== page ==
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All Papers

Economic Analysis Jul 16, 2020

The Nature of Work after the COVID Crisis: Too Few Low-Wage Jobs

David Autor and Elisabeth Reynolds ask whether the COVID-19 pandemic has changed the conventional wisdom about automation and inequality in the United States over the past four decades. They make four projections about a rapidly automating post-COVID-19 economy: increasing telework, city de-densification, large-firm consolidation, and forced automation, all of which have significant, negative consequences for low wage workers and economic inequality. 

Economic Analysis Jul 16, 2020

The Initial Impact of COVID-19 on Labor Market Outcomes Across Groups and the Potential for Permanent Scarring

The economic damages of the COVID-19 pandemic are not being well captured by current labor market statistics that show both permanent damage to employment relationships and labor force attachment as well as a surge of workers who have experienced a temporary loss of work and income. In this essay, Betsey Stevenson of the University of Michigan explores the many ways the COVID-19 recession has affected the labor market, showing that the labor market effects have not been evenly borne across workers and that the scarring effects of this recession will likely lead to high long-term unemployment and weakened labor market attachment for years to come.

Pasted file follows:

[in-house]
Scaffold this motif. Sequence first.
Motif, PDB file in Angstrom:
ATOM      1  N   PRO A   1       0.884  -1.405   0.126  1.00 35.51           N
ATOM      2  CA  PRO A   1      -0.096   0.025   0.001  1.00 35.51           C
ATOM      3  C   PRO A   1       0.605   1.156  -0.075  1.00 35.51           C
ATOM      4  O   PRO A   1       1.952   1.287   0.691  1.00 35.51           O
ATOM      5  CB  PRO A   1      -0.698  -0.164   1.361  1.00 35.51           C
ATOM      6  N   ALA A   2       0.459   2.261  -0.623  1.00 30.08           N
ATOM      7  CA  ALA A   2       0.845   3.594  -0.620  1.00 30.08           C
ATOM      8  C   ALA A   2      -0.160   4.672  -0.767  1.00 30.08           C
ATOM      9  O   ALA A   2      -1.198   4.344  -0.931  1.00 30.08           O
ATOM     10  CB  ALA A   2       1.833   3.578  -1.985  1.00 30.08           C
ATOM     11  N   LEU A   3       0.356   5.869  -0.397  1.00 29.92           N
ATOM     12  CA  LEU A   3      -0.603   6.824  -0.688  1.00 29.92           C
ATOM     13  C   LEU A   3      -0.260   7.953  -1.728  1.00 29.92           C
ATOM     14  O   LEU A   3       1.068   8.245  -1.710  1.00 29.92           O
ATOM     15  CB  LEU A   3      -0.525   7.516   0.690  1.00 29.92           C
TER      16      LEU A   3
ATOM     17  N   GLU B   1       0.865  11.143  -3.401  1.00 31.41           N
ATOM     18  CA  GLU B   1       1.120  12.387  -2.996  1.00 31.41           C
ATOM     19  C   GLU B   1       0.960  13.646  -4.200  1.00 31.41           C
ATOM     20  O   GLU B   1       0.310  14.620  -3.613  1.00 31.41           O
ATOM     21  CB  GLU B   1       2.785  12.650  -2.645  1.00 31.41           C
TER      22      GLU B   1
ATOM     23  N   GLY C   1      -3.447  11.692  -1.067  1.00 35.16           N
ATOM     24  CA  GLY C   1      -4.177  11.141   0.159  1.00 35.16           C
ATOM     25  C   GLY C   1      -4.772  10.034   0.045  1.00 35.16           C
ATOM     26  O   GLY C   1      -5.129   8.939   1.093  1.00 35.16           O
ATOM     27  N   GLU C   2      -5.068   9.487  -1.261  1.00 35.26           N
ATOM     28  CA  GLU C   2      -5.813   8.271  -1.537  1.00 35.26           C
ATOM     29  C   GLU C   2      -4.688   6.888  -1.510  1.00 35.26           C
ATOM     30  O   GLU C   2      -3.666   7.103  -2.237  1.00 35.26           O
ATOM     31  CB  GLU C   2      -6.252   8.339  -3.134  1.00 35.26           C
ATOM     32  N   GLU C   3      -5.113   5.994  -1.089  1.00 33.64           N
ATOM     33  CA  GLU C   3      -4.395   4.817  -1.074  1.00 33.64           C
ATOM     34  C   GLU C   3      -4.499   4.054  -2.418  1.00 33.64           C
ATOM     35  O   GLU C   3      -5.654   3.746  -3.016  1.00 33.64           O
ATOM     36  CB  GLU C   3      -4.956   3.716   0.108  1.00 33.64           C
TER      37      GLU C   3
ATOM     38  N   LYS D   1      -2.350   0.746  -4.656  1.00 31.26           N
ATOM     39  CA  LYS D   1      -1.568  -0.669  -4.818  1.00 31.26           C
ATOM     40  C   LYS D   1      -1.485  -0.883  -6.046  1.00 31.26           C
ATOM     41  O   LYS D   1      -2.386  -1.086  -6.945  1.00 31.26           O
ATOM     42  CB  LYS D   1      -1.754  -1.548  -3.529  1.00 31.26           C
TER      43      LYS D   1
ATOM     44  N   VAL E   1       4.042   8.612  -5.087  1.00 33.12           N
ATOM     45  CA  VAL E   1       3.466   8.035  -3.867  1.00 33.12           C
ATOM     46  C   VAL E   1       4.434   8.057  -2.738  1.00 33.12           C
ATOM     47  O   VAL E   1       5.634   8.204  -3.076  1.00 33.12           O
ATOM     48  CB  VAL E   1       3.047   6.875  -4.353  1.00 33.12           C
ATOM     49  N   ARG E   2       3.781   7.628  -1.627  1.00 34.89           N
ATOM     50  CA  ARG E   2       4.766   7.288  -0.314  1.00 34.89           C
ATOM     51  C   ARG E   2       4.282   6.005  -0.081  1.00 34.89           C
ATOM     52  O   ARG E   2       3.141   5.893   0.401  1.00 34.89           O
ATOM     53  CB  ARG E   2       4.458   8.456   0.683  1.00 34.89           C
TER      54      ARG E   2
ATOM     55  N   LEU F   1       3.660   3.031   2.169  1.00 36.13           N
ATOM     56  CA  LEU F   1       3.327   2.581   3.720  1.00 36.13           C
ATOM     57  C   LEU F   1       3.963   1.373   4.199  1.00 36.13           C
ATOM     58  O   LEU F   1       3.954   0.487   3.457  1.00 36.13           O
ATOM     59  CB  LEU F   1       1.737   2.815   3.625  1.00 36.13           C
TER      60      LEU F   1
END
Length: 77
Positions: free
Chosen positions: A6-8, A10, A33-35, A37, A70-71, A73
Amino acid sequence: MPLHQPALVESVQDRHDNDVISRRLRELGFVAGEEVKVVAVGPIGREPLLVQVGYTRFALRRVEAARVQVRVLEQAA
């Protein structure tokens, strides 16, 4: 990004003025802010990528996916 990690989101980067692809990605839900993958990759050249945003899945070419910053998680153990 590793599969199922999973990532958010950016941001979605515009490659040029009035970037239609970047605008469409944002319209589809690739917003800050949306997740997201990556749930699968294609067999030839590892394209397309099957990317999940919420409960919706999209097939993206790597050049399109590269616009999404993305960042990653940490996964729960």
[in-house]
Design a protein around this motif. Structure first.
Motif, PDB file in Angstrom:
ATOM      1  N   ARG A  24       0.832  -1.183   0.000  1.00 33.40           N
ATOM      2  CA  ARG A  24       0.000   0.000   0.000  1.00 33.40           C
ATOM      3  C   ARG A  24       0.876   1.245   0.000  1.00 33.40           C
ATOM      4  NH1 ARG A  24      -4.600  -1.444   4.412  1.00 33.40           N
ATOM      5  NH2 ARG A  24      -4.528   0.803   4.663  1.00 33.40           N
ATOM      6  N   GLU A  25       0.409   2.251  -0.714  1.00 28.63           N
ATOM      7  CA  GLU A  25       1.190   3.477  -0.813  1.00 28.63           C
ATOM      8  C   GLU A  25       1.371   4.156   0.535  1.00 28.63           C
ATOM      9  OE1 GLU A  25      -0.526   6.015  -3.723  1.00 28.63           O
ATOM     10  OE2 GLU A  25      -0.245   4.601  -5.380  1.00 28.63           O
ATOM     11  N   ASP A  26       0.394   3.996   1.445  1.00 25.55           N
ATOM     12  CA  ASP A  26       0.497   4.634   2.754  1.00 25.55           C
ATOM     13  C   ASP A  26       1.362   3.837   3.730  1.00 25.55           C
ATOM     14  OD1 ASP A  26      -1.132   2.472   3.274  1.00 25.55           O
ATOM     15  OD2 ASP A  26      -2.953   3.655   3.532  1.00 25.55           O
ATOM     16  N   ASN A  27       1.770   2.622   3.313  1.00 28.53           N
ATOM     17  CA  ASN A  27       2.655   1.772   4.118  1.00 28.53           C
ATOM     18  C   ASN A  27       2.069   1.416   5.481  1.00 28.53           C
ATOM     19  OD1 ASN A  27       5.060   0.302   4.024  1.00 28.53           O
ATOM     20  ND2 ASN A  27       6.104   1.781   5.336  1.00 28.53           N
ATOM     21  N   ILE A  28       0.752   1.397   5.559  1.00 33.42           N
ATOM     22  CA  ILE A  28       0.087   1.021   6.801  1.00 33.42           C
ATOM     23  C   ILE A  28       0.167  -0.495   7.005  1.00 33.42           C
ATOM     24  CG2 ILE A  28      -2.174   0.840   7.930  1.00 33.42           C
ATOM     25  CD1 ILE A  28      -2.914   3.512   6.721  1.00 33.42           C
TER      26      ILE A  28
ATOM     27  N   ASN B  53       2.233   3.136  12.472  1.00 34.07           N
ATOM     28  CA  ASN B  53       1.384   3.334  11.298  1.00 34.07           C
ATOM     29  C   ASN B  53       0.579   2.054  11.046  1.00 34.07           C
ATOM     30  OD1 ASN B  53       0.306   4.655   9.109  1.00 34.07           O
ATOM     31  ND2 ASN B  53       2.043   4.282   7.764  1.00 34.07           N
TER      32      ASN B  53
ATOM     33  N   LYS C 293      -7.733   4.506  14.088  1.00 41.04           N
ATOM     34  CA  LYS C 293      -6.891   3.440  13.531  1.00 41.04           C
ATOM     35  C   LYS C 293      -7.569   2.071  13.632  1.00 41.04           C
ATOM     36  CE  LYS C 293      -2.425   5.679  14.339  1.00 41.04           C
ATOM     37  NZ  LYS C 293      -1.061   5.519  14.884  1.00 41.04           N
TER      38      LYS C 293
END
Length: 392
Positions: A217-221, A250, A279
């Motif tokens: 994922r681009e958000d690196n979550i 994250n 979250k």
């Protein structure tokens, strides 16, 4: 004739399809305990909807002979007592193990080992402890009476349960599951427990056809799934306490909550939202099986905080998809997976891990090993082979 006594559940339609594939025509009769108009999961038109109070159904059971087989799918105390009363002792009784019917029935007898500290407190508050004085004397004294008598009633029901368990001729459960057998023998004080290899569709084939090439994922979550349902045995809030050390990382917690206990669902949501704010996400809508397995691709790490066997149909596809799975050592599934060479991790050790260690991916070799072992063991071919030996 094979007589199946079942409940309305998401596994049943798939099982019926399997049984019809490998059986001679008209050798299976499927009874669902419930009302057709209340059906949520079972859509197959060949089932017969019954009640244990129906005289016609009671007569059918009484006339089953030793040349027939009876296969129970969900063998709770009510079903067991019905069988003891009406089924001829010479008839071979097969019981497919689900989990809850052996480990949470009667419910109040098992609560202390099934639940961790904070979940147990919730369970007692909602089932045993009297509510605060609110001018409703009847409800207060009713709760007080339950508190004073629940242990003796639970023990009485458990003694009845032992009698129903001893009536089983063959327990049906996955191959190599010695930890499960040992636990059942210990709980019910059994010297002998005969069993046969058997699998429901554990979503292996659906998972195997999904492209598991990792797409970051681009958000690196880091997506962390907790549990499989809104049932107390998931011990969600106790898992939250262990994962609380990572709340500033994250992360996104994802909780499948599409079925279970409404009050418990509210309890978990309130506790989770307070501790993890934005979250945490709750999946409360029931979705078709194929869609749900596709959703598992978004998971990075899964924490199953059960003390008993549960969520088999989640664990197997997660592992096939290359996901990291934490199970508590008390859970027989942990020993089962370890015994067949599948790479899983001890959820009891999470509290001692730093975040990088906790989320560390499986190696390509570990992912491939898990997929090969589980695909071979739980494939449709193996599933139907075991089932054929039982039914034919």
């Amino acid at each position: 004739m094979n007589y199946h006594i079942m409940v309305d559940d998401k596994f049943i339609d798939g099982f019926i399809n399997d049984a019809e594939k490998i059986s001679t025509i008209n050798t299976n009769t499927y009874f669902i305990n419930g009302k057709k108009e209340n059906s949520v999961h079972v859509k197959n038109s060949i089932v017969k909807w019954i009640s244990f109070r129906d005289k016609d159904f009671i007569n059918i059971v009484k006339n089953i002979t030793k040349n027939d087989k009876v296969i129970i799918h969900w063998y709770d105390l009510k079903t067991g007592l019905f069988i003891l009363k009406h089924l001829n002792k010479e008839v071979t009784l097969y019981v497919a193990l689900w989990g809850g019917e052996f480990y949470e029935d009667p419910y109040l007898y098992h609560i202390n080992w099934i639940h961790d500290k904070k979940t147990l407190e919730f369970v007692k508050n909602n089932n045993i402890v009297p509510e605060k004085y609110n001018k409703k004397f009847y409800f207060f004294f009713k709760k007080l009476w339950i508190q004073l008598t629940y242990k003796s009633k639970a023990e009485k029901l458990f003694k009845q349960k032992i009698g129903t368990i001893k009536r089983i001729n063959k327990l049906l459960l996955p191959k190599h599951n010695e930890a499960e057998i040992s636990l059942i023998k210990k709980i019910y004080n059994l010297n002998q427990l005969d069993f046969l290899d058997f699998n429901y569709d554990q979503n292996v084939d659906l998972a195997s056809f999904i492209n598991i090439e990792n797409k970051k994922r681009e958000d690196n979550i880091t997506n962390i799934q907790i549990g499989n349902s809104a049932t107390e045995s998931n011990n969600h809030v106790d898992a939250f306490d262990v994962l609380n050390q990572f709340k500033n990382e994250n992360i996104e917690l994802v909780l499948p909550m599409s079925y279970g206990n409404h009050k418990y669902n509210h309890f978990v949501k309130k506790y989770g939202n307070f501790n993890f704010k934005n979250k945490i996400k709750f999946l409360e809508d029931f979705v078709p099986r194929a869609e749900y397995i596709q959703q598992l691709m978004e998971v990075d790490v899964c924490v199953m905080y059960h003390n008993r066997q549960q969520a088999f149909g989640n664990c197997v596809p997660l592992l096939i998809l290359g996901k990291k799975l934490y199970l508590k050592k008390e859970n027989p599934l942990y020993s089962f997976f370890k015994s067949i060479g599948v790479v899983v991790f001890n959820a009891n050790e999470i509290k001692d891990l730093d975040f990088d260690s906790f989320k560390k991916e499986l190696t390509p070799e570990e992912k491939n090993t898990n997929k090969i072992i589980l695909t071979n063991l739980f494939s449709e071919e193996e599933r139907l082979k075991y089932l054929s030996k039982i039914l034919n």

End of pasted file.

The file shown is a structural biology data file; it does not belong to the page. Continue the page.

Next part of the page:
Policy Proposal Mar 10, 2020

A Proposal to Cap Provider Prices and Price Growth in the Commercial Health-Care Market

The United States spends a larger share of its GDP on health care than any other advanced economy. This high private sector health-care spending in the United States is driven mostly by higher prices, with little evidence to suggest that high prices reflect better quality of care. In this proposal, Michael Chernew, Leemore Dafny, and Maximilian Pany discuss how price regulations could be used to constrain commercial provider prices in an efficient manner.